High Court greenlights expulsion of 1,300 Palestinians from army firing zone

High Court greenlights expulsion of 1,300 Palestinians from army firing zone

Israel’s High Court ruled late Wednesday night that the Israeli army could evict around 1,300 Palestinians living in eight villages in the South Hebron Hills, after a legal battle lasting more than 20 years.

In a unanimous decision, Justice David Mintz wrote that the Palestinian petitioners had not successfully proved they had lived in the villages as permanent residents before the army declared the area a training zone in the area in the early 1980s.

The Palestinians have maintained that their presence in the villages goes back decades. The Israeli army, by contrast, argued that they had occasionally entered the area during seasonal migration — meaning they had no rights to the land.

Palestinians living in the firing zone’s eight villages — who can now be legally expelled — slammed the decision.

“This is the final proof for us that there is no justice to be sought for Palestinians in Israeli courts. There’s only justice for Jews,” said Nidal Younes, 64, who directs an unofficial local council of the Palestinian villages.

The Israeli military has said it is willing to allow the local Palestinians to return to cultivate the land and herd livestock there on the weekends and on Jewish holidays, when the army does not conduct drills.

Palestinians and left-wing activists demonstrate in advance of an Israeli High Court hearing on whether to evict over 1,000 Palestinians living in a firing zone in the South Hebron Hills, on March 15, 2022 (Credit: Yahel Gazit)

The court also dismissed the Palestinians’ argument that mass eviction would violate a widely held prohibition against population transfer in international law. Mintz ruled the ban sought to prevent atrocities such as genocide and thus had “nothing, absolutely nothing, to do with the issue before us.”

The B’Tselem rights group said the court’s decision was meant to “transfer the land on which they live to Jews.”

“That this is legal proves yet again that the occupied cannot expect justice from the occupier’s court,” B’Tselem said.

The group called on the international community to “prevent Israel from carrying out the eviction and make sure that if it does, those responsible — including ministers, army commanders and justices — will be prosecuted.”

For more than two decades, the Israeli military, Palestinians and rights groups have wrangled over the legality of expelling the Palestinians living within the firing zone, known as Zone 918.

Palestinians in Zone 918 have lived precarious lives in the meantime. With almost all illegal construction, Israeli authorities regularly tore up houses, electrical cables and pipes intended to bring water to the hilltop villages.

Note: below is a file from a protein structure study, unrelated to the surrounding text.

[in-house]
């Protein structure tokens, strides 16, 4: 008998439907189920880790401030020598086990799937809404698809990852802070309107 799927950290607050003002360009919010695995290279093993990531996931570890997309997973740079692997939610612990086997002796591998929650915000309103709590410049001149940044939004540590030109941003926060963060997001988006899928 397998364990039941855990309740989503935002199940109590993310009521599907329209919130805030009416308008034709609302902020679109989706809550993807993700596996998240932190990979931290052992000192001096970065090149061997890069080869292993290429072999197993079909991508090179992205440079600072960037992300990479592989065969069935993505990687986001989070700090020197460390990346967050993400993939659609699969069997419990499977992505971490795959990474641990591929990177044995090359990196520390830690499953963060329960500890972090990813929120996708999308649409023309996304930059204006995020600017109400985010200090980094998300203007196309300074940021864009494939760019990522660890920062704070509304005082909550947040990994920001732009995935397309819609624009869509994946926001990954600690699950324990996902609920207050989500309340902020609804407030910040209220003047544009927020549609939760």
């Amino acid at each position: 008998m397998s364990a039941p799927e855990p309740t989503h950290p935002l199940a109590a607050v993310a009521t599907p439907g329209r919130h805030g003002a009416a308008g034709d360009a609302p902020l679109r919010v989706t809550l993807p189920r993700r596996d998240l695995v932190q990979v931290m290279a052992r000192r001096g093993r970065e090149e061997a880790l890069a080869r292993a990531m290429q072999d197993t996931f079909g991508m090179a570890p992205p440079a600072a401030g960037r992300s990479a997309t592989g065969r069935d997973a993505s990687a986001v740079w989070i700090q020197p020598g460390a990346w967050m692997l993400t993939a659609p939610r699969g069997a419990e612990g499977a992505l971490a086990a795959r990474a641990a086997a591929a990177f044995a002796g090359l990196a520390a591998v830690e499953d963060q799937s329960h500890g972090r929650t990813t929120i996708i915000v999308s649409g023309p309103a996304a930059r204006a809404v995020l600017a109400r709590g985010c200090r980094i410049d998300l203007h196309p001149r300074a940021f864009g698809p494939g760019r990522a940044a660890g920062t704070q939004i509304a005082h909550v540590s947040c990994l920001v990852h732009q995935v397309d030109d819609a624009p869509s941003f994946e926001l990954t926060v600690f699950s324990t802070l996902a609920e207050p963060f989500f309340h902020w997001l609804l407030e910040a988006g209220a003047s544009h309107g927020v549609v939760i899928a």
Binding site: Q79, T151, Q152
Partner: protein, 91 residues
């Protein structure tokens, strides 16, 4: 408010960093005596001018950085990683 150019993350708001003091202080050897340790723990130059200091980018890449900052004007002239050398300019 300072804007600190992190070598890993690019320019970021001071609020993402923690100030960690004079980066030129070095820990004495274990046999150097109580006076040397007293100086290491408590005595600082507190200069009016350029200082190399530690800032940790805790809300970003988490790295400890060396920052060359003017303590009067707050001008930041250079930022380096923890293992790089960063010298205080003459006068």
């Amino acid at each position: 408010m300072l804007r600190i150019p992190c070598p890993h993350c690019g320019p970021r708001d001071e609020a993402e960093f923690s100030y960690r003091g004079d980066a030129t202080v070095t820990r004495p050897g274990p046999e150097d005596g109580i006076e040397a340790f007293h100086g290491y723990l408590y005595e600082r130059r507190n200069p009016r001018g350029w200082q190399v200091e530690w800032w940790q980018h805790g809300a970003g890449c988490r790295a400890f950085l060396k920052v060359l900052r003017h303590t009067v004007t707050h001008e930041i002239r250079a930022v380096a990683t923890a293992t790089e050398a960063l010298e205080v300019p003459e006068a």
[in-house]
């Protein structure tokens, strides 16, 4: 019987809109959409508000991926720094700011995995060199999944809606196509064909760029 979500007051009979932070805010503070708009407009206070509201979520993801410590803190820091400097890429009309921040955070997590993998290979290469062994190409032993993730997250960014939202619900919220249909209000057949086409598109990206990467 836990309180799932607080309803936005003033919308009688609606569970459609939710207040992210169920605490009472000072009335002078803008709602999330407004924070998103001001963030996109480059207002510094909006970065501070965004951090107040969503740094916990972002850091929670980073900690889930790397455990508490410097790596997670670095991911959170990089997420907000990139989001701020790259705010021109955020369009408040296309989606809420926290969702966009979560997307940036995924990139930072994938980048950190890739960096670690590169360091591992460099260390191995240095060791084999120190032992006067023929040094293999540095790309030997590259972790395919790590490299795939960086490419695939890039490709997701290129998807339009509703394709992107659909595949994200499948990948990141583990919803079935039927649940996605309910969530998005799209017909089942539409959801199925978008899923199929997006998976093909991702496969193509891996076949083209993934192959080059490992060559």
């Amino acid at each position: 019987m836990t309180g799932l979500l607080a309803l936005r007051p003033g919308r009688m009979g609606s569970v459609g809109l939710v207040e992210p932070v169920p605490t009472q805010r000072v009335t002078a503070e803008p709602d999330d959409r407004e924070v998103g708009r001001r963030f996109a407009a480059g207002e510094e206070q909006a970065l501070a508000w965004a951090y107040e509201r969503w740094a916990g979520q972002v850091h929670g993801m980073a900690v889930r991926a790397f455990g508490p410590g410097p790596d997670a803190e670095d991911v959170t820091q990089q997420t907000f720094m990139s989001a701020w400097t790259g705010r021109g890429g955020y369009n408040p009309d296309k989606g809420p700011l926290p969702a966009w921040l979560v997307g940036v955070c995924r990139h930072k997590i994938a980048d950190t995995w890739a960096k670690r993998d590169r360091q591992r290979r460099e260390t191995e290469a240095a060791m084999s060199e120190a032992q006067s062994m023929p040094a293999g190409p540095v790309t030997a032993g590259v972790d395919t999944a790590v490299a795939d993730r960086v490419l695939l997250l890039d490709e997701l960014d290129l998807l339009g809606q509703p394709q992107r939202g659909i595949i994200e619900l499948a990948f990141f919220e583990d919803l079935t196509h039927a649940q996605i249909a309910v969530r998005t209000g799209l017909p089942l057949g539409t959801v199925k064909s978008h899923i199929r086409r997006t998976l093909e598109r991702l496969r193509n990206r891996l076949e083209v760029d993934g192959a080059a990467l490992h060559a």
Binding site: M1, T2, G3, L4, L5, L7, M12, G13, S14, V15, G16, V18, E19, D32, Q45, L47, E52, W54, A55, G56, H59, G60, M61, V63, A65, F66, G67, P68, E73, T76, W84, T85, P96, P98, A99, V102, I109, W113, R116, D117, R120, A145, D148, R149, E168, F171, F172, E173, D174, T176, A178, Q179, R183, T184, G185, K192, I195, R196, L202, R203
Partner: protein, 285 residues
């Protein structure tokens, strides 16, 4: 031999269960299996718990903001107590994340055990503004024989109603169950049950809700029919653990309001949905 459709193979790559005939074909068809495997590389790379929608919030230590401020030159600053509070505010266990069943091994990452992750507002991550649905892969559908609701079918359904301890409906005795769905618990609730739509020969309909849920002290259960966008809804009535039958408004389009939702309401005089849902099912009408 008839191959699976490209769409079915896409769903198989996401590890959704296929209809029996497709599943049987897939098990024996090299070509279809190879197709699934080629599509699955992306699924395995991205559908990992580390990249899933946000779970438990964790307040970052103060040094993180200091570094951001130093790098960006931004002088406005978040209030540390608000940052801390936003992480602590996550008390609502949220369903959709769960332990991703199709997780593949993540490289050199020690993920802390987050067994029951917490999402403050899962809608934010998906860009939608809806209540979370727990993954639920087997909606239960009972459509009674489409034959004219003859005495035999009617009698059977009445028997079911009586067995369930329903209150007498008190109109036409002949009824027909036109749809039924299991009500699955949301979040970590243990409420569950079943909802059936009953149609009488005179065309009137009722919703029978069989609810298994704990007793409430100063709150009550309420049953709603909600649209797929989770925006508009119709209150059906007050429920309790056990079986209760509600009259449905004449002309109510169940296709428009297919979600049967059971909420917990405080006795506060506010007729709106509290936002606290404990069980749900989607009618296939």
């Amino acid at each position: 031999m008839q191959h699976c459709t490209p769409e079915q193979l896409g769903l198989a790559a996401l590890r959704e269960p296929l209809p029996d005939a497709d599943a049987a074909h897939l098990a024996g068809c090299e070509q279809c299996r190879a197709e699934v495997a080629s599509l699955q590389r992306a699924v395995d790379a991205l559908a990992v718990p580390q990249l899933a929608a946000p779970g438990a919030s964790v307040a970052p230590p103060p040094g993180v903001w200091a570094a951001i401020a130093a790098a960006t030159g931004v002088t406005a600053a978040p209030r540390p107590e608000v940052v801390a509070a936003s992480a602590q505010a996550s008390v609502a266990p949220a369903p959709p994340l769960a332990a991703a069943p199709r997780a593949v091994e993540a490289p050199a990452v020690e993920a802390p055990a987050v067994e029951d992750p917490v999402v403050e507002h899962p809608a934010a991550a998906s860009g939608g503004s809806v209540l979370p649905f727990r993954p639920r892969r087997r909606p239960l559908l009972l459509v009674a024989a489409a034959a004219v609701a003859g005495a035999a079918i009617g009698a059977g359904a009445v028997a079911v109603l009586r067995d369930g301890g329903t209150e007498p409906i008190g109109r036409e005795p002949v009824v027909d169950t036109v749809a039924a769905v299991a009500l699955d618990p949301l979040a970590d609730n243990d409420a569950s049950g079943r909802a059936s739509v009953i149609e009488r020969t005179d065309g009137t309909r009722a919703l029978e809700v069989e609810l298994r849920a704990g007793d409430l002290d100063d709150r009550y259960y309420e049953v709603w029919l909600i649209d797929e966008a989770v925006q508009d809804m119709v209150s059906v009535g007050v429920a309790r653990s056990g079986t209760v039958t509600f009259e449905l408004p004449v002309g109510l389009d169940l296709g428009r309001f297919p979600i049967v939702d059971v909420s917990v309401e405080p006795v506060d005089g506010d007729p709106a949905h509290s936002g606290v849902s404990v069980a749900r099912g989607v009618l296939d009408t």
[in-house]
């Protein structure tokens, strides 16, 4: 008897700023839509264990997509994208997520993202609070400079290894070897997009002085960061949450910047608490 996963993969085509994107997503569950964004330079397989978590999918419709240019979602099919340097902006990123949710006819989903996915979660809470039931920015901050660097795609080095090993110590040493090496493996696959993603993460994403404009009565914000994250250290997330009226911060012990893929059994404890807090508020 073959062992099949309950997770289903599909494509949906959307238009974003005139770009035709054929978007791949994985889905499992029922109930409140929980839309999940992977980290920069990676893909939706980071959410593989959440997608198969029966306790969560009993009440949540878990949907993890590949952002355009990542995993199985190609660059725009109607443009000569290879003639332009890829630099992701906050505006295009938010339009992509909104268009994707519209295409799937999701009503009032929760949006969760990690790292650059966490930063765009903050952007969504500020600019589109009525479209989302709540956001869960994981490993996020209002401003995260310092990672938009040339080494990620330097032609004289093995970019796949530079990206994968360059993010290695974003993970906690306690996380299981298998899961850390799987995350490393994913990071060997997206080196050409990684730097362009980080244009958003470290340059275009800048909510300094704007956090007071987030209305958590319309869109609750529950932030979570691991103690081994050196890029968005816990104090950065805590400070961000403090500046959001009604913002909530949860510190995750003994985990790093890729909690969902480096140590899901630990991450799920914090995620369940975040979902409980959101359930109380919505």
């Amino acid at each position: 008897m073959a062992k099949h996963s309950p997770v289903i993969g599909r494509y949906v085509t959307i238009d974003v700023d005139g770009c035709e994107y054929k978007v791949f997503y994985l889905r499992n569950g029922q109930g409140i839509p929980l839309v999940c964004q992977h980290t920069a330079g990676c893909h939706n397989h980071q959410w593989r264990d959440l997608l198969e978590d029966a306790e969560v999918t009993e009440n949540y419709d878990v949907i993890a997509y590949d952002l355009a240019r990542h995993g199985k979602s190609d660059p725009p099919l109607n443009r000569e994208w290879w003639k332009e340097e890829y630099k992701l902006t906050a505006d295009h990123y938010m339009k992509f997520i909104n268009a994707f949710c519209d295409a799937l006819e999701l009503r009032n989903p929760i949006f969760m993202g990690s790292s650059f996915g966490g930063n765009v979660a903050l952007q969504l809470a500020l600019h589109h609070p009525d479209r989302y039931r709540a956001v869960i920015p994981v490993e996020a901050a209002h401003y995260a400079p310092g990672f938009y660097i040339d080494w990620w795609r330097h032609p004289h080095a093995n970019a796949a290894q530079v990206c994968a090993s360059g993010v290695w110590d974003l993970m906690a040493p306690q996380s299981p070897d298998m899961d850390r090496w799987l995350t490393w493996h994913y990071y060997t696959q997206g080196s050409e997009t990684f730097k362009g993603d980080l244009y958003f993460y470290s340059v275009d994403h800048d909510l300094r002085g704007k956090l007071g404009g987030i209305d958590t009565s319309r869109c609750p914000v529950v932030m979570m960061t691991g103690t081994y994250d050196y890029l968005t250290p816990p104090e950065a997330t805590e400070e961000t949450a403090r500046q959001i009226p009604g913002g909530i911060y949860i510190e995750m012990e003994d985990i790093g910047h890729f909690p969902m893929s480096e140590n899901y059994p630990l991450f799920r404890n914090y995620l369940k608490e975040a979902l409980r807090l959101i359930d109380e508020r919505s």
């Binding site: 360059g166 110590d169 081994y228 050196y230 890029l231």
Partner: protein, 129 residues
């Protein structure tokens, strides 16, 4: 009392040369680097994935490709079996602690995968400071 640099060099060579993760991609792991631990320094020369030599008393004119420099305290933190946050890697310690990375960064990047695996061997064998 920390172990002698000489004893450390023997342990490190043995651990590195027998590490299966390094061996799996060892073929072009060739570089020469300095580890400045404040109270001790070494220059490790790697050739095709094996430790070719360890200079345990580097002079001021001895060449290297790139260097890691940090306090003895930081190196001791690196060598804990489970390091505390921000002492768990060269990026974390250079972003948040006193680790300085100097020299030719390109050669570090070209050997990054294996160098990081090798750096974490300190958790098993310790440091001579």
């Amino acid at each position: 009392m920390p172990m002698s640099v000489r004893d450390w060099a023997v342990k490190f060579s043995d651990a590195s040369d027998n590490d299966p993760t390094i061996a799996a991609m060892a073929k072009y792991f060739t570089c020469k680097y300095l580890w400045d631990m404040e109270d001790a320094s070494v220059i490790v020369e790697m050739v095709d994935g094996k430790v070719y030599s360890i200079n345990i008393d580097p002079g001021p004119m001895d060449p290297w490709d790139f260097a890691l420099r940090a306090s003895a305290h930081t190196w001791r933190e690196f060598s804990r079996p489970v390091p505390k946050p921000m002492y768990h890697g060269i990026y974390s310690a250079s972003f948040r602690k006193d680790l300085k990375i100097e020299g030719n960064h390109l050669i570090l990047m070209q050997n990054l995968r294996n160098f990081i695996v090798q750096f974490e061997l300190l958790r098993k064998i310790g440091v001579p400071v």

The area stretches over 33,000 dunams — around 8,150 acres — amid the hillsides near the Palestinian city of Yatta, near Hebron. Several Israeli settlements and illegal outposts dot the hilltops nearby.

Eight hamlets, mostly collections of low-slung homes with makeshift roofs, lie in the area the government aims to clear for military training. Local Palestinians work as herders and farmers, raising goats and sheep alongside the hillsides.

After years of petitions, the High Court’s ruling arrived late on Wednesday night, on Israeli Independence Day. Younes said the timing was meant to cover up the decision.

“After 20 years, do you issue your decision at midnight?” said Younes.

The Israeli military first declared the area a firing zone in the early 1980s. In 1999, the army’s West Bank administration issued eviction notices to the Palestinian residents. After a wide-ranging demolition operation, the residents appealed to the High Court, where the two sides have fought it out ever since.

Israeli judicial precedent forbids evicting permanent residents from a military firing zone in the West Bank. The decades-long argument in court revolves around whether the villages’ existence predates the army’s decision to expropriate the land and if their presence there was permanent or temporary.

The Israeli army argues the firing zone is essential for military training due to its “distinctive geographic features.” In February 2021, Israeli tanks rolled through several of the villages as part of a military exercise.

Supreme Court judge David Mintz attends a ceremony in Jerusalem, on June 13, 2017. (Yonatan Sindel/Flash90)

“The vital importance of this firing zone to the Israel Defense Forces stems from the unique topographical character of the area, which allows for training methods specific to both small and large frameworks, from a squad to a battalion,” the Israeli military said in court filings.

But archival documents from the early years of Israeli rule in the West Bank suggest that the motivation for declaring local firing zones may have been political rather than technical.

In a 1981 meeting of the government’s Settlement Committee, future prime minister Ariel Sharon said firing zones in the South Hebron Hills were necessary to ensure the area remained in Israeli hands.

“We have the idea that we must close off more training zones on the border, at the Hebron foothills towards the Judean desert. [This is] in light of the phenomenon I discussed earlier — that of rural hill Arabs spreading out on the hill towards the desert,” said Sharon, who chaired the committee at the time.

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